KM. Well, people are naturally scared of the lowering of standards.  They are scared of their own safety.  They are scared of their possessions.  They are scared to lose their way of life.  I think they all understand that things will have to change and that standards of living will have to change.  I also think they understand that education is going to change.  It is going to change in the sense that either they have to pay more if they want to retain certain standards, or they have to simply put up with the fact that their children will sit in the same school as non-whites.  And I would say that the majority of whites, Afrikaner and English, are prepared to accept that.  But for a certain percentage, and it is quite a big percentage, it is totally unacceptable at this stage.

POM. Do you think there is no need for the government to be looking over its shoulder at what appears to be increased support for the Conservative Party?

KM. No, I am very happy when I think that the government has finally taken that decision.  We are going through the Rubicon and the rest must just follow, because there is no alternative, there is no alternative.  And that was, I think, the problem with, perhaps, Mr Botha.  He was the architect.  It is such a pity that he couldn't see his way through.  And it wasn't necessary for him to see his way through.  He could just - he had the best excuse in the world of illness, he must have followed up his first letter a week later with another letter to say, look, okay, you've elected your man now, I'm retiring gracefully.  I think he could have been the architect of the change and he would have been honoured for that.  It is really a pity that that didn't happen.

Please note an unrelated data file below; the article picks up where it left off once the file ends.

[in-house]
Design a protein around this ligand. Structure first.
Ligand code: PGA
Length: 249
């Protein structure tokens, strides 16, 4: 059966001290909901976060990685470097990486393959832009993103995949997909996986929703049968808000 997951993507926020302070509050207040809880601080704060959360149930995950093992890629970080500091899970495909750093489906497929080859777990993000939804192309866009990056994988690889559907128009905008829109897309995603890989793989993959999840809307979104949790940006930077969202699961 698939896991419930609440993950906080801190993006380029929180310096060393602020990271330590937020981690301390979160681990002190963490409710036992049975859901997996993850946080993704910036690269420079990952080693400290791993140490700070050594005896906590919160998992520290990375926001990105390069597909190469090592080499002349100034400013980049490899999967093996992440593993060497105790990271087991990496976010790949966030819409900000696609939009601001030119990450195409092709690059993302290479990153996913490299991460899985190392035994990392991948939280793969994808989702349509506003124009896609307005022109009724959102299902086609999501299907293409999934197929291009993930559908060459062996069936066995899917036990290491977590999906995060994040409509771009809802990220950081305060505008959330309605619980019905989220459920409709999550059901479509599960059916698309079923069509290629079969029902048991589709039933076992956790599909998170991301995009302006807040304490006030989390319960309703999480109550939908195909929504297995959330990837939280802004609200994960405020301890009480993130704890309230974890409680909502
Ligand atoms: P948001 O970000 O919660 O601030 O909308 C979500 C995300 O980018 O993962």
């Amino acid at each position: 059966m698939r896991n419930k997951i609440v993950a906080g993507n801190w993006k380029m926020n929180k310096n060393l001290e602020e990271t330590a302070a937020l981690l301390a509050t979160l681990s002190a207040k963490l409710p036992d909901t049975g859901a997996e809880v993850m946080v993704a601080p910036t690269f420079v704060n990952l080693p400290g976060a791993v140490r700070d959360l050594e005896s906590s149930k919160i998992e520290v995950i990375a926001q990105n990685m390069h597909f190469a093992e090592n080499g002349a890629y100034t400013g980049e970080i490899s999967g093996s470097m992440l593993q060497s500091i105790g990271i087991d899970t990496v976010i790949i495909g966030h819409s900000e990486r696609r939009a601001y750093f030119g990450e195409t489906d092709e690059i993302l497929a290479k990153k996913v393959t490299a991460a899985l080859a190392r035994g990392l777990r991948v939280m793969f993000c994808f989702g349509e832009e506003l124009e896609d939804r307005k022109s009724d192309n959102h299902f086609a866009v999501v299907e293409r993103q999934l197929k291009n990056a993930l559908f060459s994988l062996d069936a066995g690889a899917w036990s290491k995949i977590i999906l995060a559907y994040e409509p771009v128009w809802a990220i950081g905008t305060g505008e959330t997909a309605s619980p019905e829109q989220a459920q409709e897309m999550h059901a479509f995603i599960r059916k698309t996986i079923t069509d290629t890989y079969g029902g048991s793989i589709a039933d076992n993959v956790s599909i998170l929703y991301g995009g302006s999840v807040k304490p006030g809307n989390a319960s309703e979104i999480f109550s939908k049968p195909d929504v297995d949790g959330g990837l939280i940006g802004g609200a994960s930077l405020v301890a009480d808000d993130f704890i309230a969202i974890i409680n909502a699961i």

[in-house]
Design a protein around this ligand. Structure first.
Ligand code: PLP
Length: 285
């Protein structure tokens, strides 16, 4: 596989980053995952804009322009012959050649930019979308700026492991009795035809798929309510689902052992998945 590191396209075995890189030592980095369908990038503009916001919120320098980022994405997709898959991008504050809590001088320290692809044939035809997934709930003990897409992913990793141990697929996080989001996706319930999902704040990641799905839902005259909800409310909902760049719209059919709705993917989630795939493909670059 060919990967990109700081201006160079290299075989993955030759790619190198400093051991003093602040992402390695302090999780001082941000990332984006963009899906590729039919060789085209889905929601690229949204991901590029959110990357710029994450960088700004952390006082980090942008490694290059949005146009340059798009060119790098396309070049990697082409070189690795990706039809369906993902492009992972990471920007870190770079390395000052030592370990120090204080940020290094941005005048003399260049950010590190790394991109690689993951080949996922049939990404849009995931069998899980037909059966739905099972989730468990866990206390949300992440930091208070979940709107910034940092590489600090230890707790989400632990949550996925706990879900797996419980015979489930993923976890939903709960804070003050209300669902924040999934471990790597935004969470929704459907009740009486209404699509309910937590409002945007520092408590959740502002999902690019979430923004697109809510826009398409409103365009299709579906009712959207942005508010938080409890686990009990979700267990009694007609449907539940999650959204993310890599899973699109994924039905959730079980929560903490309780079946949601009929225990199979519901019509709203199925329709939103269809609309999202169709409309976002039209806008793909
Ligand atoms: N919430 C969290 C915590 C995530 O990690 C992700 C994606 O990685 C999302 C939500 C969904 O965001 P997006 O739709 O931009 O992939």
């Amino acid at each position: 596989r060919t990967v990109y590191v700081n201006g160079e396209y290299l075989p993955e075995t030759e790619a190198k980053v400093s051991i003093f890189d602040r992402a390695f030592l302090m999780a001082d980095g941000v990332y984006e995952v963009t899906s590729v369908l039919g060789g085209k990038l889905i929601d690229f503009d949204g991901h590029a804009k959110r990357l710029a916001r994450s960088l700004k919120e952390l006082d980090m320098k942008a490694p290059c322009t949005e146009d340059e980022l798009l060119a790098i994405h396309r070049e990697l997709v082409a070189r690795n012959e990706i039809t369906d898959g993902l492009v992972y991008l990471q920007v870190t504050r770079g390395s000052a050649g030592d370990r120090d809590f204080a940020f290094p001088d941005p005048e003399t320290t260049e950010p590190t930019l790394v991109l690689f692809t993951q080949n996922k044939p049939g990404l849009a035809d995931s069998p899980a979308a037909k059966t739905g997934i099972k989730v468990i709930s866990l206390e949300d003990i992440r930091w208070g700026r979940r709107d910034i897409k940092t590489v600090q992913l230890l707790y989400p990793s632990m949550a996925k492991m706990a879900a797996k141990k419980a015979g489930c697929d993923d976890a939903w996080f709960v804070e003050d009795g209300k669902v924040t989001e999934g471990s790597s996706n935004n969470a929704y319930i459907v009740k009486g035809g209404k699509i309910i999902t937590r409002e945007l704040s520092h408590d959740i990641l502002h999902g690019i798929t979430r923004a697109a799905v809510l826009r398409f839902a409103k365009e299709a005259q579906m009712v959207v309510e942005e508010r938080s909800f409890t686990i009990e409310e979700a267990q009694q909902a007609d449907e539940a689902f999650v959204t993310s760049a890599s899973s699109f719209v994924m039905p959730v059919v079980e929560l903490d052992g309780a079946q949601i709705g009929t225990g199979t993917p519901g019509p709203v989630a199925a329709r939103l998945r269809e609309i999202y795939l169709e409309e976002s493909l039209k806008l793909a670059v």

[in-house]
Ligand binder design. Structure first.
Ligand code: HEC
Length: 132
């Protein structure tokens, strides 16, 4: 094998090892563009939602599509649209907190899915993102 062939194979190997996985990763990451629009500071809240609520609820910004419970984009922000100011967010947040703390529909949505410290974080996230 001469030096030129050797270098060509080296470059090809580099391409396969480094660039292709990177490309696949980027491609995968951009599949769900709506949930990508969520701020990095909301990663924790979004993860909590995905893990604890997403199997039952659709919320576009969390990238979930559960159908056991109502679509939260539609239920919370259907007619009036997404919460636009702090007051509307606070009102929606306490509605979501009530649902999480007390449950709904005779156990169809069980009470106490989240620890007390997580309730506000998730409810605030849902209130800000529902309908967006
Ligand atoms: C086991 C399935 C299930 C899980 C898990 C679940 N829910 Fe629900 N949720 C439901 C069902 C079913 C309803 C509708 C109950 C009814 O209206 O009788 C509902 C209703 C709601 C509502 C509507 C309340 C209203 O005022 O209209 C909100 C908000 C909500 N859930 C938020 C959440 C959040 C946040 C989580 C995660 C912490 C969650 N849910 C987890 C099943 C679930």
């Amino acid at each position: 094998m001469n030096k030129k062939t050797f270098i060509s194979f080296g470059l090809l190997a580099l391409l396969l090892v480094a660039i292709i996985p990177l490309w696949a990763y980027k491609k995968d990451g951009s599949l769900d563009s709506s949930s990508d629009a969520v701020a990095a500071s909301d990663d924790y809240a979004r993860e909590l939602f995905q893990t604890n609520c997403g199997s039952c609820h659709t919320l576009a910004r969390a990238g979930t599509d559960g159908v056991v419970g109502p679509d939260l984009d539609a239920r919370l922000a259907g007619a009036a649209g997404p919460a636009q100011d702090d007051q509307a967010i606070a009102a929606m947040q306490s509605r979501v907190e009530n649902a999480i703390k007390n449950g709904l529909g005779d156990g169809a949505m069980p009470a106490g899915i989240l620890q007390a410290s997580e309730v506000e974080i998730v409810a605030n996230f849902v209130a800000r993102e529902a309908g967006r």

POM. Something was suggested to us that one of the factors that was responsible for the government doing so well in the last election was when Mr de Klerk more or less stood up to the State President, took a firm stand in August when the leadership crisis happened, and showed the mettle of his leadership and made a clean break with the past.

KM. Yes.  Naturally, I can assure you that if he didn't do that the results would have been much worse.  There is no doubt about that.

POM. When you look at the next couple of years, how do you see the process of negotiations unfolding?  We've been given three general scenarios.  One is the route of a Constituent Assembly, along the Namibia-type lines.  The second is one where the negotiating table is broadened and other political constituencies are brought in and some kind of consensus on the way forward is developed.  And the third is kind of an amalgam of the first and second.  It is where you have an interim government, a government in which power is being shared and concomitant with that you have an assembly, perhaps, of eminent people, an eminent persons group reflecting the

KM. It worries me.

POM. - reflecting the political spectrum that will draw up a constitution.  Which of these, or will any of those be the way forward?